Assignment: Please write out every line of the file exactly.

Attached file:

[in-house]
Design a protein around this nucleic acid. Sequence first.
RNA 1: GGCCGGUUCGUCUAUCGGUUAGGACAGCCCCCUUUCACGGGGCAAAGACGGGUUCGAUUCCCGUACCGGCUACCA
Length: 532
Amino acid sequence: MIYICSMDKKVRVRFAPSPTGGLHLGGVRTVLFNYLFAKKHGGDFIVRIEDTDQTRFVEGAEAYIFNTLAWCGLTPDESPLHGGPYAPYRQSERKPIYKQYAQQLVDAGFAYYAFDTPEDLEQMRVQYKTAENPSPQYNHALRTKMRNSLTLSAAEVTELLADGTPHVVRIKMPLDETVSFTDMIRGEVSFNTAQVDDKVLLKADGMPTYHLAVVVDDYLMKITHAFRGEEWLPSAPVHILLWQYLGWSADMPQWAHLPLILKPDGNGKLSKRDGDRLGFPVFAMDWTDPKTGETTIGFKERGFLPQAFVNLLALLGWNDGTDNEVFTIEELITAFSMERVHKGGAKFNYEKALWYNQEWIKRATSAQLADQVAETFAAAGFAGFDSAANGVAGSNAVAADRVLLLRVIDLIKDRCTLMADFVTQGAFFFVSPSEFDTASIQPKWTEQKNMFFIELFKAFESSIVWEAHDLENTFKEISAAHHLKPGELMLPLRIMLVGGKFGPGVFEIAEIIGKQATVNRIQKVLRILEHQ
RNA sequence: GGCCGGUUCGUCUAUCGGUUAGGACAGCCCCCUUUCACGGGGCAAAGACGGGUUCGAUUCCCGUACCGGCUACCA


[in-house]
Design a protein around this nucleic acid. Sequence first.
RNA 1: GGCCGGUUCGUCUAUCGGUUAGGACAGCCCCCUUUCACGGGGCAAAGACGGGUUCGAUUCCCGUACCGGCUACCA
Length: 532
Amino acid sequence: MIYICSMDKKVRVRFAPSPTGGLHLGGVRTVLFNYLFAKKHGGDFIVRIEDTDQTRFVEGAEAYIFNTLAWCGLTPDESPLHGGPYAPYRQSERKPIYKQYAQQLVDAGFAYYAFDTPEDLEQMRVQYKTAENPSPQYNHALRTKMRNSLTLSAAEVTELLADGTPHVVRIKMPLDETVSFTDMIRGEVSFNTAQVDDKVLLKADGMPTYHLAVVVDDYLMKITHAFRGEEWLPSAPVHILLWQYLGWSADMPQWAHLPLILKPDGNGKLSKRDGDRLGFPVFAMDWTDPKTGETTIGFKERGFLPQAFVNLLALLGWNDGTDNEVFTIEELITAFSMERVHKGGAKFNYEKALWYNQEWIKRATSAQLADQVAETFAAAGFAGFDSAANGVAGSNAVAADRVLLLRVIDLIKDRCTLMADFVTQGAFFFVSPSEFDTASIQPKWTEQKNMFFIELFKAFESSIVWEAHDLENTFKEISAAHHLKPGELMLPLRIMLVGGKFGPGVFEIAEIIGKQATVNRIQKVLRILEHQ
RNA sequence: GGCCGGUUCGUCUAUCGGUUAGGACAGCCCCCUUUCACGGGGCAAAGACGGGUUCGAUUCCCGUACCGGCUACCA